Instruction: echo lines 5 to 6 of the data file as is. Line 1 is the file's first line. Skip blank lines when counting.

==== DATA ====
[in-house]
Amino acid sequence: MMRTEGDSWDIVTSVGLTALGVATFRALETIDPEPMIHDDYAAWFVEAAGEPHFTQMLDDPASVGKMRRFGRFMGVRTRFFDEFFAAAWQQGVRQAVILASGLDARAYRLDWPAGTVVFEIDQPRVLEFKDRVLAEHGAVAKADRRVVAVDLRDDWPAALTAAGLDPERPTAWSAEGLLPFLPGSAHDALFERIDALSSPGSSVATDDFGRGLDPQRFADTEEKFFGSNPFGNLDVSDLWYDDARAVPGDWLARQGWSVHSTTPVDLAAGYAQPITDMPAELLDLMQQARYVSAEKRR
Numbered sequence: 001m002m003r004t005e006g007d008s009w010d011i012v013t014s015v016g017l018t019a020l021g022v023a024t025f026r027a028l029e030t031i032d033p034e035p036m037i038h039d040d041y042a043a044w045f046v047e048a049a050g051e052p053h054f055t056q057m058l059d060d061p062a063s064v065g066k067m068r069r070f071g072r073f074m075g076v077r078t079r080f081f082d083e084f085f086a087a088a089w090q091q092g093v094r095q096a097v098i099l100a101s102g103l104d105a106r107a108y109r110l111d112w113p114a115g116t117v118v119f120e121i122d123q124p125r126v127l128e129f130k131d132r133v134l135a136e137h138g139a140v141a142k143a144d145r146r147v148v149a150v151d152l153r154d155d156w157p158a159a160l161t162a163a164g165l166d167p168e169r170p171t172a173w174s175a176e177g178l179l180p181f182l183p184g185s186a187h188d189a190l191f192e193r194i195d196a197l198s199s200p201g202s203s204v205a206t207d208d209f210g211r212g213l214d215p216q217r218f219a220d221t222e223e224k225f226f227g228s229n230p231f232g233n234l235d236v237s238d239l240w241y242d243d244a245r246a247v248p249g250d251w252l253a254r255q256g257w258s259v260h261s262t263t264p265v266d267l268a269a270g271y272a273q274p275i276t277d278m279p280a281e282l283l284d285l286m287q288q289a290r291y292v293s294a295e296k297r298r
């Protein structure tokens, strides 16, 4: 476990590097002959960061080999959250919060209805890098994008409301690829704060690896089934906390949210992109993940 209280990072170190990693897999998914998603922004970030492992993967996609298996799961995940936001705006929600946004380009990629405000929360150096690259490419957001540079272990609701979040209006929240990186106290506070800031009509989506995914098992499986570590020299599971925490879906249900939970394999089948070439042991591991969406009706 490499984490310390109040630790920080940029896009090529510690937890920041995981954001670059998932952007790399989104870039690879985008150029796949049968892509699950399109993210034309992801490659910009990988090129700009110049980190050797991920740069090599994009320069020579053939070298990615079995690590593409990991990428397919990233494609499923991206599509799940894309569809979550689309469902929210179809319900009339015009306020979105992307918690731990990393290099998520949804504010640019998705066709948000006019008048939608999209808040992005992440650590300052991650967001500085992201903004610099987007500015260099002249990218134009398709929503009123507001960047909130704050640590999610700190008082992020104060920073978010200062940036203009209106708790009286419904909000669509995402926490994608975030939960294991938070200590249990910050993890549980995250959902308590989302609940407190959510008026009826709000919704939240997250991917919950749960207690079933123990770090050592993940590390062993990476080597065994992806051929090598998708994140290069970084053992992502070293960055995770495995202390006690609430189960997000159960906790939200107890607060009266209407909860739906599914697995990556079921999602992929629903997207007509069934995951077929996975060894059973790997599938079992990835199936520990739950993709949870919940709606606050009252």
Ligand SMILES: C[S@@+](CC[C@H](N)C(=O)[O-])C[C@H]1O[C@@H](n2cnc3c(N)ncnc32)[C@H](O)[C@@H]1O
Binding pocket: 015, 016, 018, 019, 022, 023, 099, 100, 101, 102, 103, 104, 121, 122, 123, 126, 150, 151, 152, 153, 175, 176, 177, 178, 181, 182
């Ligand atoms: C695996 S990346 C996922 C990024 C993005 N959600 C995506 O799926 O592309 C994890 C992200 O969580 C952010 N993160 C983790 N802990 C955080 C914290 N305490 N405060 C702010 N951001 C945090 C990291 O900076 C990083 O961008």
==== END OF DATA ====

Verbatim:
Ligand SMILES: C[S@@+](CC[C@H](N)C(=O)[O-])C[C@H]1O[C@@H](n2cnc3c(N)ncnc32)[C@H](O)[C@@H]1O
Binding pocket: 015, 016, 018, 019, 022, 023, 099, 100, 101, 102, 103, 104, 121, 122, 123, 126, 150, 151, 152, 153, 175, 176, 177, 178, 181, 182